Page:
Bridport Town Council has urged Dorset Council to adopt a more flexible approach when considering planning applications for energy reduction measures
Dorset Council has been slammed by town councillors over its approach in considering climate change within planning applications, calling their handling a ‘denial of democracy’ and ‘undermining efforts’.
Bridport Town Council has urged Dorset Council to adopt a more flexible approach when considering planning applications for energy reduction measures to address the climate crisis, particularly on listed buildings.
The town council submitted a letter to Dorset Council’s portfolio holder for planning, David Walsh, in which town councillors described the climate crisis as being of ‘overriding public importance’ and called for a review of the way the planning policy is interpreted so that measures such as double glazing and solar panels can be fitted to listed buildings and other heritage assets.
Town councillors expressed their frustrations at a meeting is July, after hearing that Dorset Council had refused permission for three double glazed windows to be installed at a listed property in South Street, Bridport – a proposal supported by the town council.
Cllr Dave Bolwell, Chairman of the Town Council’s Planning Committee said: This is the latest in a long line of refusals that have prevented local residents and businesses from improving energy efficiency in their homes and premises, often with changes that would not be visible from the street.
In Bridport, where we have about 500 listed buildings, we need a more flexible approach so that we can contribute to addressing climate change and so that the owners can reduce their energy bills, he said.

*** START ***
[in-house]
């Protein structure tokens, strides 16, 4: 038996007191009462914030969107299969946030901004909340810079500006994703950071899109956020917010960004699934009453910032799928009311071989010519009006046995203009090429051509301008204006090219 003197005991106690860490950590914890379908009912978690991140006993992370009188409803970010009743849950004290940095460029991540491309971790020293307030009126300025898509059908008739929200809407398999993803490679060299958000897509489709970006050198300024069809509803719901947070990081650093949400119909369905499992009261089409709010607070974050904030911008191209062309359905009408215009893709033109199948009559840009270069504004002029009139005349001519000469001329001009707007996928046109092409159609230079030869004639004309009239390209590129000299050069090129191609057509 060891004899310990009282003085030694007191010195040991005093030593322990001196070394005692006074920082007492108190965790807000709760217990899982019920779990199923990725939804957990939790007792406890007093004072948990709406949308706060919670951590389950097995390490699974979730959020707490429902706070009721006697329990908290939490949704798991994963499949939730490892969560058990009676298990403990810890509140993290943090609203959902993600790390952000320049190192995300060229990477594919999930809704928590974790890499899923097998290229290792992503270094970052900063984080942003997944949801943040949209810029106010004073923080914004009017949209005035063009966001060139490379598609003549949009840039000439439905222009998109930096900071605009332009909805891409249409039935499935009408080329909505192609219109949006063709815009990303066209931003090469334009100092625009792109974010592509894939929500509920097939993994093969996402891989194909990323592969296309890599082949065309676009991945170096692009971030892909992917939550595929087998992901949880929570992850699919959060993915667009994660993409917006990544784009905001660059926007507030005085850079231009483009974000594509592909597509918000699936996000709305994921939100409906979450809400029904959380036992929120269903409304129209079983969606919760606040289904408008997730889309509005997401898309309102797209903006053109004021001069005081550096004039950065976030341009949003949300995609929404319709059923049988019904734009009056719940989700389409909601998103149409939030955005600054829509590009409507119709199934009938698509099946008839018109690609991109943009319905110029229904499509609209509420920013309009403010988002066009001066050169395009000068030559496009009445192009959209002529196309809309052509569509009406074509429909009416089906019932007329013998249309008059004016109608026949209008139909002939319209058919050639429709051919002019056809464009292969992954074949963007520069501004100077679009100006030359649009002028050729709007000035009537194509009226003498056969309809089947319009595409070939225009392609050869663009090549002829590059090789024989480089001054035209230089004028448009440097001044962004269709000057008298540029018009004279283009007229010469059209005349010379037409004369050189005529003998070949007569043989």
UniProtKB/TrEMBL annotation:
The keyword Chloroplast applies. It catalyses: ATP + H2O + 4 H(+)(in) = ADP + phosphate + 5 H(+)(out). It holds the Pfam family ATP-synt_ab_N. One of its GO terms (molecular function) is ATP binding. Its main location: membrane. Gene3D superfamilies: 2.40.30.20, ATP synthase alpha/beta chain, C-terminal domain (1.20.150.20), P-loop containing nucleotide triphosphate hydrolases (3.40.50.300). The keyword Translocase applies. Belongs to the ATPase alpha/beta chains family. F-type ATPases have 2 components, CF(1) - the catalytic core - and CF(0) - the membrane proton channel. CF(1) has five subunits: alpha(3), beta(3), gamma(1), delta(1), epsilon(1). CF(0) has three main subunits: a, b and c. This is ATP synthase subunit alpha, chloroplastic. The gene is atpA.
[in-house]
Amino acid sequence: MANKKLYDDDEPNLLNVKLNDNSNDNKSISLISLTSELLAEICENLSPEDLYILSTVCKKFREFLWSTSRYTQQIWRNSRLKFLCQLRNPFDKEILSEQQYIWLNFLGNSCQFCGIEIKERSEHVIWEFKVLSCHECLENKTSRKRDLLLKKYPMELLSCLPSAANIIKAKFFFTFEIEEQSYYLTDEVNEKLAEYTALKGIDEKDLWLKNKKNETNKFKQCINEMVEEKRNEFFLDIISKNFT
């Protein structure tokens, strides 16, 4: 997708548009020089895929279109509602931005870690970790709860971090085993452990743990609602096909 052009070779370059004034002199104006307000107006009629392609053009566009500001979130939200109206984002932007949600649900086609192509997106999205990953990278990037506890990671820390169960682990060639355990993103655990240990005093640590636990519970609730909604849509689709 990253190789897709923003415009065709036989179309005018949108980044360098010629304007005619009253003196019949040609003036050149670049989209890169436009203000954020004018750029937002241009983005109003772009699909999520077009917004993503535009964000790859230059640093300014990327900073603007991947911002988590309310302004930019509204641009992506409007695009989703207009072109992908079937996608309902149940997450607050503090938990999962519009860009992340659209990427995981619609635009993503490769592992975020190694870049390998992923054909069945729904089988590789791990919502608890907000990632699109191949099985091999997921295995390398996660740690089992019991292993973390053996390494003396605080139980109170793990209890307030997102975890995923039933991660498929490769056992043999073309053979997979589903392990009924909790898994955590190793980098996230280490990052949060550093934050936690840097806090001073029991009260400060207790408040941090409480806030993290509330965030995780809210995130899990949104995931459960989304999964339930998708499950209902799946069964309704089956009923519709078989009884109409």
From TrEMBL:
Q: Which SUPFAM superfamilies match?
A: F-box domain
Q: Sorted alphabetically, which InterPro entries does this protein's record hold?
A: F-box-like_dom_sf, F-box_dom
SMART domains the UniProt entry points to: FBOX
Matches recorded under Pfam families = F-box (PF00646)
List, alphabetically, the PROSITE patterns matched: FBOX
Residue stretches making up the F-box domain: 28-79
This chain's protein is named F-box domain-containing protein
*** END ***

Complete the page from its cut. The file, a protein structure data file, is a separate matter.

The letter also expressed concern that decisions are made without referring to the council’s full planning committee.
Cllr Kelvin Clayton, Chairman of the Town Council’s Environment & Social Wellbeing Committee said: The extent of the climate emergency is such that elected local councillors must be given the opportunity to challenge officers who recommend refusal for energy-proofing measures.
Cllr Dave Rickard, leader of Bridport Town Council said: We simply cannot go on like this. In the run-up to the COP 26 summit later this year, where the UK government will be calling on other countries to step up and address climate change, it is unthinkable that at a local level people are quite literally being prevented from doing their bit by a public authority.
A Dorset Council spokesman said: Planning decisions are made taking account of local planning policies, the national policy framework and any other material considerations. Many factors are taken into account, including the characteristics of the area and the building itself. There is the option to appeal a planning decision.
The spokesman said local authority decisions are made by elected members but for the council to be able to function on a day to day basis the law allows various executive and non-executive functions to be delegated to officers. In addition, there are some functions which the law says must be exercised by specific officers. There is a constitution that sets out the ways in which the officers of the council can make decisions and which decisions they have the power to make. It is called the ‘Scheme of Delegation’.
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